Valley of the Five Lakes, Jasper National Park

We hiked one of the most popular trails in Jasper National Park. Valley of the Five Lakes Trail took us through a series of gorgeous and colorful lakes. The hike could be done as a short (2.8 mi) or a longer (5.5 mi) loop.

The trailhead of Valley of the Five Lakes is only about 11 km (7 mi) from the town of Jasper. We arrived at the trailhead around 3:00 pm on Saturday. There were quite a few cars at the parking lot. After getting stuff together, we hit the trail. There were many other hikers at the beginning of the trail until we reached a main trail junction.

David and I did this hike clockwise (we turned left after coming to the main trail junction), unlike Matthew of The Adventures of a Day Hiker who, with his wife, did this hike counterclockwise. Matthew has eloquently written about his experience of the hike and the beauty of the Five Lakes. You should check him out.

As soon as we turned left at the trail junction, we were mostly by ourselves. It appeared almost everyone chose to either do a short loop or a longer loop counterclockwise. The first part of the loop was through meadows with a nice view of mountains.

After turning left at the trail junction, we were mostly by ourselves.

View from the open meadows section

Once we entered the forest, we had to stop to apply insect repellent as mosquitoes were in full force. The forest section was very interesting. The ground was covered with lots of moss, more moss than we have seen for quite some time.

The forest floor was carpeted with moss.

 

Yes, these pink wild roses were everywhere.

The trail passed by an unnamed lake with dark coffee color. It’s not part of the Five Lakes, but good for a change in scenery. After a long section of dense forest, we emerged at First Lake. We had a quick stop for photo then continued to other lakes.

Not part of the Five Lakes, this lake with dark color was on our way to First Lake.

First Lake

Second Lake

Third Lake

There was a narrow strip of land between Third and Fourth Lakes. It’s where an outlet stream of Fourth Lake turned into an inlet stream of Third Lake. We found a good spot to have lunch. The color of these lakes were mostly green to blue. The lakes situated in a very beautiful setting with snow-capped mountains in the background. They were prettier than I expected, which is always welcome.

Inlet of Third Lake

Fourth Lake from our lunch spot

After lunch we continued on the trail leaving Fourth Lake behind. The Fifth Lake was the last and the least impressive one. I could see a hint of green color of the lake. However, from the viewing area, the light reflected off from the water at an angle that did not show off its color.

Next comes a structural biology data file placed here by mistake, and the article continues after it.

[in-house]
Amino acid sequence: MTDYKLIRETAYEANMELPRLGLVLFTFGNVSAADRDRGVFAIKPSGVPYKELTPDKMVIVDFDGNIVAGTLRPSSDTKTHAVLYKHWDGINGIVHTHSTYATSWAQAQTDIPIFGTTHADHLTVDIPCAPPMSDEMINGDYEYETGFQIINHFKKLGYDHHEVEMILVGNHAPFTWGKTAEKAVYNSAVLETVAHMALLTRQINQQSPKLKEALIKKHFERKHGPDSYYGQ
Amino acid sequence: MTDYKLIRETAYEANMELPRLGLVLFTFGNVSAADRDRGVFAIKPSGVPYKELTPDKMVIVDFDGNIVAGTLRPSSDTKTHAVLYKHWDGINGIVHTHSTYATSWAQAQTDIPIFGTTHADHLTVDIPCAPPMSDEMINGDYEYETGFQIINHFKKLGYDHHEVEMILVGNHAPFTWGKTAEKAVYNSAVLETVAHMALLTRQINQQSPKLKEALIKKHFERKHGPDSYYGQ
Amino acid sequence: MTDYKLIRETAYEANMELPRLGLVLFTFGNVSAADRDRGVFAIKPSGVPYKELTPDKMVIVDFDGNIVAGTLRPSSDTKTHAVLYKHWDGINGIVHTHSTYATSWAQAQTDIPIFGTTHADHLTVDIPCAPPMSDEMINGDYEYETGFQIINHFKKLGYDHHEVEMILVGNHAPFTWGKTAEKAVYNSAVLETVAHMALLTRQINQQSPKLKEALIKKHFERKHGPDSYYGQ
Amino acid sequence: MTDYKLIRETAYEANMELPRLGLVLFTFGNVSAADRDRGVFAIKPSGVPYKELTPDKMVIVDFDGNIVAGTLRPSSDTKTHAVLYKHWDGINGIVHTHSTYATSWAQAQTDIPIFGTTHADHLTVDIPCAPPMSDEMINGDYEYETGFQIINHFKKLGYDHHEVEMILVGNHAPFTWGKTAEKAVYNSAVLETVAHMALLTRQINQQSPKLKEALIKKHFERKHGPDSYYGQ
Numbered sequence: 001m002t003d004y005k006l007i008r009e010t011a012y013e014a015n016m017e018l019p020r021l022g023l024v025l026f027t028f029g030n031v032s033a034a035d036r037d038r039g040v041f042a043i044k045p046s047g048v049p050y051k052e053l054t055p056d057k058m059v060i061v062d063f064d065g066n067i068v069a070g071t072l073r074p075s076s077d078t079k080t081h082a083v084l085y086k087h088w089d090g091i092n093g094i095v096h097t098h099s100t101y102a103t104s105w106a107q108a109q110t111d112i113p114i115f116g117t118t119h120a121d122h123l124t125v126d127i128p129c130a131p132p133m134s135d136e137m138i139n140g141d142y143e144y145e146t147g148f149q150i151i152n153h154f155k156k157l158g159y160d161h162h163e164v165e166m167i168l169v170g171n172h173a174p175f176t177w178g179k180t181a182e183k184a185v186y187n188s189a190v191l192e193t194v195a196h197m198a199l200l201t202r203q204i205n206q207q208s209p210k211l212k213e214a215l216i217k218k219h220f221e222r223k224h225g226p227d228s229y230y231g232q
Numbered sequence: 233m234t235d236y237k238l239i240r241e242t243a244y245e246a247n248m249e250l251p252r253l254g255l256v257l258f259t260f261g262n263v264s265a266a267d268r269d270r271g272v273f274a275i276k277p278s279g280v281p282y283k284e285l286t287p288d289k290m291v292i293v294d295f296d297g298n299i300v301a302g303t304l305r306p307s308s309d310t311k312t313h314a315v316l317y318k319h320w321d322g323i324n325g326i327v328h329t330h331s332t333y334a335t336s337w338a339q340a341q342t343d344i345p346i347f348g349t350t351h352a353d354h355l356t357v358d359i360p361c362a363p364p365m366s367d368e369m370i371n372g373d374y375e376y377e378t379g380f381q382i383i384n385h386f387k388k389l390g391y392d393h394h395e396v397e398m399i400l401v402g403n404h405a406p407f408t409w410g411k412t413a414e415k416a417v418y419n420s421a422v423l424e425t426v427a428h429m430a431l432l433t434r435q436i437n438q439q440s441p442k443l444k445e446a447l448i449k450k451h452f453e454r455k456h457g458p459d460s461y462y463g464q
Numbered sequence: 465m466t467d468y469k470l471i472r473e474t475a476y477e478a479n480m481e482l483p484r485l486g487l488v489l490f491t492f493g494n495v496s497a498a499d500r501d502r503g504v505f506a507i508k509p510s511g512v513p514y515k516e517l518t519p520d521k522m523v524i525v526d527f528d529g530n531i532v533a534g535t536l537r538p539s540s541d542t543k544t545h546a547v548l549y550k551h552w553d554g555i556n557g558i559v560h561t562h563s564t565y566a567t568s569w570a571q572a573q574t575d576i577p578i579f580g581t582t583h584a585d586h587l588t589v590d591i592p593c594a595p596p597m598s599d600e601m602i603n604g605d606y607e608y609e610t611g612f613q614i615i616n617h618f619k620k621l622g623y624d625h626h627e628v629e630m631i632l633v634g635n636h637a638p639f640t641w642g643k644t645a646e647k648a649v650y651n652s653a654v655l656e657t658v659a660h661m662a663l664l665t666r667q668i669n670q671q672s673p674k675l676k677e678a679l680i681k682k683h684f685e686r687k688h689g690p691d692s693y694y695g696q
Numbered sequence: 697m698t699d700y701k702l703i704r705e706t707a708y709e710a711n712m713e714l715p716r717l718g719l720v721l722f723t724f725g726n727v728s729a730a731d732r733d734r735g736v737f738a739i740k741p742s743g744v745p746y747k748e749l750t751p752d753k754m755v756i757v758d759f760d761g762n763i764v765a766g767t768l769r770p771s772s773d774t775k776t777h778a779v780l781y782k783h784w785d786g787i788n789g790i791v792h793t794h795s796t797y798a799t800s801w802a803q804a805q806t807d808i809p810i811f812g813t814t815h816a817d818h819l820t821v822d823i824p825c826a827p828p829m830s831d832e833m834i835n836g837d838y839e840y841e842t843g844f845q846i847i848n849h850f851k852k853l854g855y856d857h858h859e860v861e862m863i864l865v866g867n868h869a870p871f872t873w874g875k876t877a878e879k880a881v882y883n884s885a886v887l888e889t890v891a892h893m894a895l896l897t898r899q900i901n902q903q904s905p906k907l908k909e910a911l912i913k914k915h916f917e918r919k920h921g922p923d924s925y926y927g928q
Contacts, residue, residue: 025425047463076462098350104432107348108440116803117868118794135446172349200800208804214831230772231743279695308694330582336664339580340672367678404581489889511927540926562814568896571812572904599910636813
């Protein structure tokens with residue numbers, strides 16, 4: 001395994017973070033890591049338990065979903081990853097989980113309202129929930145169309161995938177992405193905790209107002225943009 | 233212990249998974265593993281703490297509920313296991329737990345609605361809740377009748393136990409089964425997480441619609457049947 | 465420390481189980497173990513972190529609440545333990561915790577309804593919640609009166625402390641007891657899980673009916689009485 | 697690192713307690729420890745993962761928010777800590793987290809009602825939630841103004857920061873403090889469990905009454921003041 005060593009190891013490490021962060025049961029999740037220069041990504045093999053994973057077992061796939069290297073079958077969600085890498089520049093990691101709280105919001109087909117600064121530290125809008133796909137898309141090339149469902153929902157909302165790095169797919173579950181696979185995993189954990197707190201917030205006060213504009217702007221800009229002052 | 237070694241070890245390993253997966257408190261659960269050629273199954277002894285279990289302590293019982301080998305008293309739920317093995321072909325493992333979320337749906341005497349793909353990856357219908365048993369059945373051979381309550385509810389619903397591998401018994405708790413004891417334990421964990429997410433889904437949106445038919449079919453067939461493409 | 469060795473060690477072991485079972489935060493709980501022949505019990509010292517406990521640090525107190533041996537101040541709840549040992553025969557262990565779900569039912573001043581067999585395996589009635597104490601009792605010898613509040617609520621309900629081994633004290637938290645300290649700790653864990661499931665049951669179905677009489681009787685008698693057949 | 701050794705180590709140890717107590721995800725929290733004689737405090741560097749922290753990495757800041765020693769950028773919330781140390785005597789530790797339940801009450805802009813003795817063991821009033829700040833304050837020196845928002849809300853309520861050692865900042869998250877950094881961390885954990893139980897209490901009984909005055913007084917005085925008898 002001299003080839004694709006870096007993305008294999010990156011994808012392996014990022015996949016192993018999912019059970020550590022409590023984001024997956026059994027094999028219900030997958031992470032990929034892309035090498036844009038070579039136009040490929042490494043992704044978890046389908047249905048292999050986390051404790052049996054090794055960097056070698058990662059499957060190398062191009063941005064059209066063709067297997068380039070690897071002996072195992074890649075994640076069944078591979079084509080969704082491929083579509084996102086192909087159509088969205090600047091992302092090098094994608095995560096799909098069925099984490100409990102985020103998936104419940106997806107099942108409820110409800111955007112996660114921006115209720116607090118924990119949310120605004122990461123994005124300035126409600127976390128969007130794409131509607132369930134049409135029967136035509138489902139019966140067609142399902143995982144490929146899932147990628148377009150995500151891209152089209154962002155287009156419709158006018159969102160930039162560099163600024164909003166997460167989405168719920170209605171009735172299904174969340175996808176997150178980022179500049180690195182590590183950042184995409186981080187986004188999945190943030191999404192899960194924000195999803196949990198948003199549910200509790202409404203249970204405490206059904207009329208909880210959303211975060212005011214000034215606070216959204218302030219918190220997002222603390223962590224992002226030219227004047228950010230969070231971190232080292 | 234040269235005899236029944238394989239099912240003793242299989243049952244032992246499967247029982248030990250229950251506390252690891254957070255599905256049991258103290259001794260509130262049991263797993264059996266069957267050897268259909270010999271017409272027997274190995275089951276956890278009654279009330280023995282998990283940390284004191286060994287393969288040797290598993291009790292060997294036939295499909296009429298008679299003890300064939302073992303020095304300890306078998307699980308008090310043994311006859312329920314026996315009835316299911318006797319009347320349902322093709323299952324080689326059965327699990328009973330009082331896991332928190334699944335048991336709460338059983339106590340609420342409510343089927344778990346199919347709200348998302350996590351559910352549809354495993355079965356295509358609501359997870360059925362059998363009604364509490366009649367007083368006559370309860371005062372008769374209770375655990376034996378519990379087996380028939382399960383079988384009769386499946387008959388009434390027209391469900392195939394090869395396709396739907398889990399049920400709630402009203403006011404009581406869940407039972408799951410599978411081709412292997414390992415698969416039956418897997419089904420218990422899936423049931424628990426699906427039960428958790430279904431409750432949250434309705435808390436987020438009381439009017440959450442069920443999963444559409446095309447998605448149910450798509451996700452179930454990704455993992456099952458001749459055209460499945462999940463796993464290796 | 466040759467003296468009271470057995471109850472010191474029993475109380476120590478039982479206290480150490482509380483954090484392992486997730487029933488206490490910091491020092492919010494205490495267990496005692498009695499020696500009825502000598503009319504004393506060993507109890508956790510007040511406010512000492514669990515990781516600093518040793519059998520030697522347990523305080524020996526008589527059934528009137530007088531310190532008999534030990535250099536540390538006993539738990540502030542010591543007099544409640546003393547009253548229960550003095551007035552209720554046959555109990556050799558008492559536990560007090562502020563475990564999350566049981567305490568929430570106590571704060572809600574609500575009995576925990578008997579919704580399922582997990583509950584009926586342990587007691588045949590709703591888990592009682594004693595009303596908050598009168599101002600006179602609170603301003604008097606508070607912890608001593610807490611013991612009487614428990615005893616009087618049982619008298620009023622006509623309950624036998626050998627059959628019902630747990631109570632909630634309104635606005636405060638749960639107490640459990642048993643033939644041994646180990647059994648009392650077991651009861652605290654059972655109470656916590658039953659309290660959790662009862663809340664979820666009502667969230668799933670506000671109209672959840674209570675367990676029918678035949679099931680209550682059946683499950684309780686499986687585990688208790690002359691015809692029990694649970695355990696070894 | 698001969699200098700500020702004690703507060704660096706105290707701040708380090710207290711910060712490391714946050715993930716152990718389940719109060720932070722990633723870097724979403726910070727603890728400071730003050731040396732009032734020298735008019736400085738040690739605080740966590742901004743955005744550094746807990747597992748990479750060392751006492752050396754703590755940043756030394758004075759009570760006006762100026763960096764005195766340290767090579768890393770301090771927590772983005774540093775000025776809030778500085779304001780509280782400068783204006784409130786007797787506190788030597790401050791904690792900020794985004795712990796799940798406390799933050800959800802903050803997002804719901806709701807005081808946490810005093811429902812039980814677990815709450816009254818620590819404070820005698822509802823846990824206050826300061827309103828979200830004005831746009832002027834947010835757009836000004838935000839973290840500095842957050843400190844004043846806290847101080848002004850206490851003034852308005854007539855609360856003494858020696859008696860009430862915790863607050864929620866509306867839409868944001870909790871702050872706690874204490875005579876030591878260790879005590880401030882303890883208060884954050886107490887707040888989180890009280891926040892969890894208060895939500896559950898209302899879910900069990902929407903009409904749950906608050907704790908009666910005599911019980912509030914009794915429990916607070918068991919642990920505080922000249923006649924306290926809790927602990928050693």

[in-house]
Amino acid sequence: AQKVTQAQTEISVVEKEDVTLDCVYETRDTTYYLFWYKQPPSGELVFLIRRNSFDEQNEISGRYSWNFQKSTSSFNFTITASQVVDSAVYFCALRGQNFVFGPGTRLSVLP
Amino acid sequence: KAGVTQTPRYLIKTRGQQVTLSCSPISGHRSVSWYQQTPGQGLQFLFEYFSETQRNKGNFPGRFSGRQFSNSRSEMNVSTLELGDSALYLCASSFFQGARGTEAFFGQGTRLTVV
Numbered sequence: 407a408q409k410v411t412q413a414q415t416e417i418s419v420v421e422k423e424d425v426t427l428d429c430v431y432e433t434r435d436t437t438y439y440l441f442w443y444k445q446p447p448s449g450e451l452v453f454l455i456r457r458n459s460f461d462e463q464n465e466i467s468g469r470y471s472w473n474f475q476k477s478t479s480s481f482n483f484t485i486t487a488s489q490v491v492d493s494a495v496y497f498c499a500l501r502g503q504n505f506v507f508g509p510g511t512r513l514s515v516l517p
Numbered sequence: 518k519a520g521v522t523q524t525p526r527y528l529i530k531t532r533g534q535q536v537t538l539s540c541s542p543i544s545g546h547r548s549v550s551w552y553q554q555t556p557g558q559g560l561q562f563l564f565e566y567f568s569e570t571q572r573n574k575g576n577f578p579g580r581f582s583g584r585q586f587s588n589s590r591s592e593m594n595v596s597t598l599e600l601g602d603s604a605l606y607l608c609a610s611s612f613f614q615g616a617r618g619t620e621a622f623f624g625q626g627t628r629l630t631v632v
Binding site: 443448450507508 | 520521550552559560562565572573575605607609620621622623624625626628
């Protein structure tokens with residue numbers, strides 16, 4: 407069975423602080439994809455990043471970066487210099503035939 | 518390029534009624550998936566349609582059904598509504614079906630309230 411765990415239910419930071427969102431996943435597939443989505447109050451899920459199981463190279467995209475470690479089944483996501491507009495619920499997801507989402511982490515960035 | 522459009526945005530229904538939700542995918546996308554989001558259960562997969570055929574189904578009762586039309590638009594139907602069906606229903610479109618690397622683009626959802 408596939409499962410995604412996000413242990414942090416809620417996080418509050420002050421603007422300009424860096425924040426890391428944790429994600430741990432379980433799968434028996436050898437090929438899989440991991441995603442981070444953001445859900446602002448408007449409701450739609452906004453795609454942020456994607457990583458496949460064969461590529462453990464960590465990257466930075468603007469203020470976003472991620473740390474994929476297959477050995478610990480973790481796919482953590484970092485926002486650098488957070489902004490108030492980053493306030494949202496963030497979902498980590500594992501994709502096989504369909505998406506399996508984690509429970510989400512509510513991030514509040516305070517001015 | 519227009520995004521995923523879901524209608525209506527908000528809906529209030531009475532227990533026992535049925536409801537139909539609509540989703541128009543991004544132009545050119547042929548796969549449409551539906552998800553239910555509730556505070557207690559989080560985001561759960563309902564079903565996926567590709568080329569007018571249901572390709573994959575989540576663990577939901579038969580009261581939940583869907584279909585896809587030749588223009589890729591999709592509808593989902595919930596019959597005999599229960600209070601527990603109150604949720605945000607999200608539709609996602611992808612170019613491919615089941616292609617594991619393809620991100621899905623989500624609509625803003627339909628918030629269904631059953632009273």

Fourth Lake from the high trail above it

Beautiful mountains above the emerald green Fourth Lake

Fifth Lake, the least colorful of all the Lakes, probably due to unfortunate lighting

After Fifth Lake, we returned to the trailhead. We noticed that the crowds were gone. During the last part of the hike after Fifth Lake, we saw only another family of three on the trail. We were back at the parking lot by 6:30 pm. There was still plenty of daylight left, so we decided to drive to Athabasca Falls, about 22 km (14 mi) down the road.

Heading back to the trail head

This guy was eating dandelion flowers on a bridge.

Bonus pictures of bears on the side of the road that we saw on that day

  • Date hiked: June 17, 2017
  • Hiking time: 3h 21m
  • Distance: 5.4 mi round-trip (loop)
  • Elevation change: Approx. 445 ft gain

15 Comments

  1. That second and third lake!! And the bears, wow! Quite the day for viewing gorgeous landscape and beautiful animals. That’s great that you had the trail mostly to yourselves, too. I love following along in your adventures, it looks like you both are having an amazing trip!

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    1. Thanks Ashley for following along. These days we enjoy the Rockies,so much I hardly have time to post many cool hikes. I have too many backlog.

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  2. Nice bear shots!

    Those pink roses are the wild roses of Alberta. They’re our provincial flower.

    There’s a saying here…. “You’re in Wild Rose country.” And that’s because they’re everywhere.

    That “Wild Rose Country” slogan is even on our licence plates and we have a relatively new provincial political party named after it as well… a rather clever naming trick for a new, fledgling party when it came about. The Wild Rose Party is extremely conservative and when the Conservative party was in power they tried to abolish that saying from our licence plates, feeling it was free advertising to the Wild Rose Party. They weren’t successful. 😉

    And here you probably thought those roses were just pretty flowers….🤣

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  3. Beautiful Hike.. how are the temperatures there currently ? It’s super muggy here and I would like to go for a hike but don’t feel like walking around in “my own sauce” .. so its “virtual hikes ” for me.. How far north are you planning on going ?

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    1. It has been cool but is getting a little warmer. Today will be in high 60s. Jasper NP is as farther north as we go. Next week we get down to Banff NP. We will be in the Rockies until end of July.

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